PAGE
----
neuromast

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neuromast

[′nu̇r·ō‚mast]
(vertebrate zoology)
A lateral-line sensory organ in fishes and other lower vertebrates consisting of a cluster of receptor cells connected with nerve fibers.
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We also observed specific GFP expression in the neuromasts of the lateral line of the head and in ganglions adjacent to the otic vesicles and eyes, which showed typical large masses of neurons and neurite (see Figure 2Ci, Dii for responses to [E.
However, a group comprising all species of Rivulus except the subgenus Rivulus is well supported by morphology, their members having a uniquely derived pattern of arrangement of rostral neuromasts (i.
In rushing water, the neuromasts on a fish's skin get uselessly excited, say Horst Bleckmann and his colleagues at Rheinische Friedrich-Wilhelms-Universitat Bonn in Germany.
Neuromasts are mechanical receptors of anamniote aquatic vertebrates whose function is to detect vibrations in the surrounding water.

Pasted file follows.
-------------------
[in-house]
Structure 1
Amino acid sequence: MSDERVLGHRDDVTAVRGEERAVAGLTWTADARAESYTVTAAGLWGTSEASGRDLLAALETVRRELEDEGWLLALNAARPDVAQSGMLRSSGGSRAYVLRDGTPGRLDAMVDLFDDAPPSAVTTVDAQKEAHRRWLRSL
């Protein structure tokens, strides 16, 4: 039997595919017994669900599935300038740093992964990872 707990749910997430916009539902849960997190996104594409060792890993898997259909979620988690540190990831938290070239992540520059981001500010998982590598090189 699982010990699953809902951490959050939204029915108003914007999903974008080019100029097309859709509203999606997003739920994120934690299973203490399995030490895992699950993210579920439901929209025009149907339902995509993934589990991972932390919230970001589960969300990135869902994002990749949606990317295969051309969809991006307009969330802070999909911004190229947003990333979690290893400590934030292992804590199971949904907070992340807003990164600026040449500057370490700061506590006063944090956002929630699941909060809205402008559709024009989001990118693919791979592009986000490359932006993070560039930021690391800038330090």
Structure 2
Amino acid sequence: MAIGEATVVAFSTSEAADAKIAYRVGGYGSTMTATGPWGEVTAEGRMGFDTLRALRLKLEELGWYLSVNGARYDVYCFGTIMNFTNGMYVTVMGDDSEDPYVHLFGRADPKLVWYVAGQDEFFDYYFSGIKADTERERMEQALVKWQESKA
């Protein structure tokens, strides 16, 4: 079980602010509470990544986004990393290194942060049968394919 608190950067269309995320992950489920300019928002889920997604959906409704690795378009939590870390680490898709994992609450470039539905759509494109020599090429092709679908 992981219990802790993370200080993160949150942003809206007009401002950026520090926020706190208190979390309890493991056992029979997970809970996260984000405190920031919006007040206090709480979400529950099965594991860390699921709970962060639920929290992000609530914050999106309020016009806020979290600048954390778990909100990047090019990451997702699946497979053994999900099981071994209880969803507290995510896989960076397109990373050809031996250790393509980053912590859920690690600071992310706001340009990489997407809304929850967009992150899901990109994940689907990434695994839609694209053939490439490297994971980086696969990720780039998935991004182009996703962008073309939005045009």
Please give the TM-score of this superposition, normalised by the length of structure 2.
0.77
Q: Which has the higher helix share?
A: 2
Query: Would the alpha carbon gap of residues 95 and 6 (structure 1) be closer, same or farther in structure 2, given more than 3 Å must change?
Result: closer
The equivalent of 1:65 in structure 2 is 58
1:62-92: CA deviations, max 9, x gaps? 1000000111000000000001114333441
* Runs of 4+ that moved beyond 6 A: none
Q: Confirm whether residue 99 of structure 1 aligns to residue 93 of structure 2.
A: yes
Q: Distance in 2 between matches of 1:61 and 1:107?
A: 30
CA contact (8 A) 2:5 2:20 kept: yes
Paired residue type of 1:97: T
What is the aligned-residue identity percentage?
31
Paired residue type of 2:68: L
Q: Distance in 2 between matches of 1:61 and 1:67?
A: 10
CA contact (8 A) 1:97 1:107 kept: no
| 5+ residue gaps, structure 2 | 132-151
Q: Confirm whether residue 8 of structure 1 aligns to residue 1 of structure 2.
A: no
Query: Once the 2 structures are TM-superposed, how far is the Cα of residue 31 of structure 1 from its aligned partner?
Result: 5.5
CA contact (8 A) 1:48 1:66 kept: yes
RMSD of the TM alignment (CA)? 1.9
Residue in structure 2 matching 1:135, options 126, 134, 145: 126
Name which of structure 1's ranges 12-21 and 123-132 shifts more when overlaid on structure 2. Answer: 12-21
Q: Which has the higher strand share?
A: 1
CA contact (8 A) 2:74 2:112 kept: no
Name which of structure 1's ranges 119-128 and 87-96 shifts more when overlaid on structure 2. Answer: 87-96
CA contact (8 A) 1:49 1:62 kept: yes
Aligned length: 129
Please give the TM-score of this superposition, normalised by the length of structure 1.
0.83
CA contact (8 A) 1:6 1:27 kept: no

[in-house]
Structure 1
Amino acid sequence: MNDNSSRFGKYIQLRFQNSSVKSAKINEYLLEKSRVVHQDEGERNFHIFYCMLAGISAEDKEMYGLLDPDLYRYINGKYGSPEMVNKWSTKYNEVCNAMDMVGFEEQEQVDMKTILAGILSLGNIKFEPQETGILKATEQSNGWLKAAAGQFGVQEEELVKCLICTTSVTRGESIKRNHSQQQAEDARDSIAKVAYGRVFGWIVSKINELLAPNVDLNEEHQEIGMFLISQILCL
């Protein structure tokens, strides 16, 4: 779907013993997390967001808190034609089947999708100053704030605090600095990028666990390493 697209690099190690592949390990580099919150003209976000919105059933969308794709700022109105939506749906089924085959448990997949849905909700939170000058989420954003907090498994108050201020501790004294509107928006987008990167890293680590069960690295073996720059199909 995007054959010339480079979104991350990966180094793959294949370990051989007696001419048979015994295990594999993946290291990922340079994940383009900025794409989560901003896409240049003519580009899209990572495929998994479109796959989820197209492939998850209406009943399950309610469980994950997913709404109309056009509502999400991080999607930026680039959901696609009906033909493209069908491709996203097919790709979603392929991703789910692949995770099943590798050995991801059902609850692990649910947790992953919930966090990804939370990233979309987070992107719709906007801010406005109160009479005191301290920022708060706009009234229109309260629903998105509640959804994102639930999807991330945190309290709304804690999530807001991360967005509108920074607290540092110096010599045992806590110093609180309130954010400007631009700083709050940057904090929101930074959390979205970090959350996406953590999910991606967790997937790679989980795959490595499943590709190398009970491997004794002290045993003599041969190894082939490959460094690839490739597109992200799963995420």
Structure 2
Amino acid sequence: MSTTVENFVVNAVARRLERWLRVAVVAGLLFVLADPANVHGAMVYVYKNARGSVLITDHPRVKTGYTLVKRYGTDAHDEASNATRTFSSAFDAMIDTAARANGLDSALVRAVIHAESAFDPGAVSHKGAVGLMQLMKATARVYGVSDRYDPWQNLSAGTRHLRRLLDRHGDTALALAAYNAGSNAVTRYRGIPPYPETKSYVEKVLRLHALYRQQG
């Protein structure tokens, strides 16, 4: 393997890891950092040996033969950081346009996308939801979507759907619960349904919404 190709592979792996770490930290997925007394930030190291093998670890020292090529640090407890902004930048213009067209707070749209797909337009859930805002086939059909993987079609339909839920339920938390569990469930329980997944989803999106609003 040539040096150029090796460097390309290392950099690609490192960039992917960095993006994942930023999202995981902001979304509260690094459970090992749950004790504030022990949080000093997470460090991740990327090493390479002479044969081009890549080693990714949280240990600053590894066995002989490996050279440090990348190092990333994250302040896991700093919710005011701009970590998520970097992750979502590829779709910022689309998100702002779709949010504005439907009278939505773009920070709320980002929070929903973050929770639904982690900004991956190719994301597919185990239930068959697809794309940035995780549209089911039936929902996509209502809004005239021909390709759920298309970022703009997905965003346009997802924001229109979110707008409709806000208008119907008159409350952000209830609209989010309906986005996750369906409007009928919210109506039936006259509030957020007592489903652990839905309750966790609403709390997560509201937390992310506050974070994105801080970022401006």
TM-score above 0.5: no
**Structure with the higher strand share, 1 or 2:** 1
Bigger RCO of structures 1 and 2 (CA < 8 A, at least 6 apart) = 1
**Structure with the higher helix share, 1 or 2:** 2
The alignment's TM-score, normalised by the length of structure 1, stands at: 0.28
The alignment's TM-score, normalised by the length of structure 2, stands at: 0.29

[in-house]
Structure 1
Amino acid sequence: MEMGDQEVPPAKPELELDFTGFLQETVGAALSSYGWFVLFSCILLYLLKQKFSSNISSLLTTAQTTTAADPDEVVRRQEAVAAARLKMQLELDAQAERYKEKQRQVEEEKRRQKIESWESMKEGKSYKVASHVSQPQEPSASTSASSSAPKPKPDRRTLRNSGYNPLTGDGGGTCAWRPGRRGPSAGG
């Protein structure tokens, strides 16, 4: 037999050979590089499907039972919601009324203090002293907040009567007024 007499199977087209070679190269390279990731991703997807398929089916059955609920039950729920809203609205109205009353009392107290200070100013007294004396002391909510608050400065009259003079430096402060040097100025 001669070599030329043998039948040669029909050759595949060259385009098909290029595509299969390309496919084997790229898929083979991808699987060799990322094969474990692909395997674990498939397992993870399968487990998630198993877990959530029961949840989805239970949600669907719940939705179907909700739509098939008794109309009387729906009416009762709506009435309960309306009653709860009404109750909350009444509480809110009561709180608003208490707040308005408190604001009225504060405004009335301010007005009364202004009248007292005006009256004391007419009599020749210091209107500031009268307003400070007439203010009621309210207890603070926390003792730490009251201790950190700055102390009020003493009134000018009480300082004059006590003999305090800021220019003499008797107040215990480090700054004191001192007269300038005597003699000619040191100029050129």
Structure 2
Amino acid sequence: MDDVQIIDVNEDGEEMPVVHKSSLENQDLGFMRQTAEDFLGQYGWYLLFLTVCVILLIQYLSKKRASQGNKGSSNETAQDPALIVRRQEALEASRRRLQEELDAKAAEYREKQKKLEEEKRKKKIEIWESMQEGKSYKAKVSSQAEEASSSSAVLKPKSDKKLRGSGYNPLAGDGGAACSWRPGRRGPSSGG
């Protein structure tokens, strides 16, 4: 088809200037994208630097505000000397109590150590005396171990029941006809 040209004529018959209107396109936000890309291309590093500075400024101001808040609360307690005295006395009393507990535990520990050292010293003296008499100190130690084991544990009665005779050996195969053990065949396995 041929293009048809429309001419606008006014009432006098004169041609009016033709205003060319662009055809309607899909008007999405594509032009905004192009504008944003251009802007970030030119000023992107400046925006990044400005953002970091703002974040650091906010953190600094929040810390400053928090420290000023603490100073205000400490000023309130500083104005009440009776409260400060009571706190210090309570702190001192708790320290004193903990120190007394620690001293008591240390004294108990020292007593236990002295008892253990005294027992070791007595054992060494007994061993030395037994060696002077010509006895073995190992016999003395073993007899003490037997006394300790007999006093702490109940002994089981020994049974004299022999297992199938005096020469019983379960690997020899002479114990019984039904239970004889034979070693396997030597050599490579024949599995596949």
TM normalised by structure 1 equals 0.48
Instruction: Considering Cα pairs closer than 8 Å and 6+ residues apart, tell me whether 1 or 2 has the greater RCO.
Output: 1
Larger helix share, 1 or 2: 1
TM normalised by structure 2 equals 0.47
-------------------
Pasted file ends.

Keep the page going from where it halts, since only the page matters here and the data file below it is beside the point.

With an eye towards homeland defense needs, engineers have also noted that fish through neuromasts or 'hairs' in the lateral line are able to sense very small changes in their watery environment that allows them to detect and track prey and to form hydrodynamic images of the environment.
marmoratus (Poey), with which they share the presence of four neuromasts on the posterior supraorbital series, a long anterior nostril, and a bony laminar ventral process on the fifth ceratobranchial; K.
The 125-[micro]M dose resulted in expression in epithelial cells of the developing skin, gill, olfactory organ, digestive tract, liver, pronephric ducts of the pronephros, and in the lateral line neuromasts (Figure 3).
This is similar to the difference between superficial neuromasts and mechanosensors buried within the lateral line canal of fish (Coombs and Janssen, 1990).
Terminology for the arrangement of frontal scales follows Huber (1992), terminology for the cephalic neuromasts series follows Costa (2001).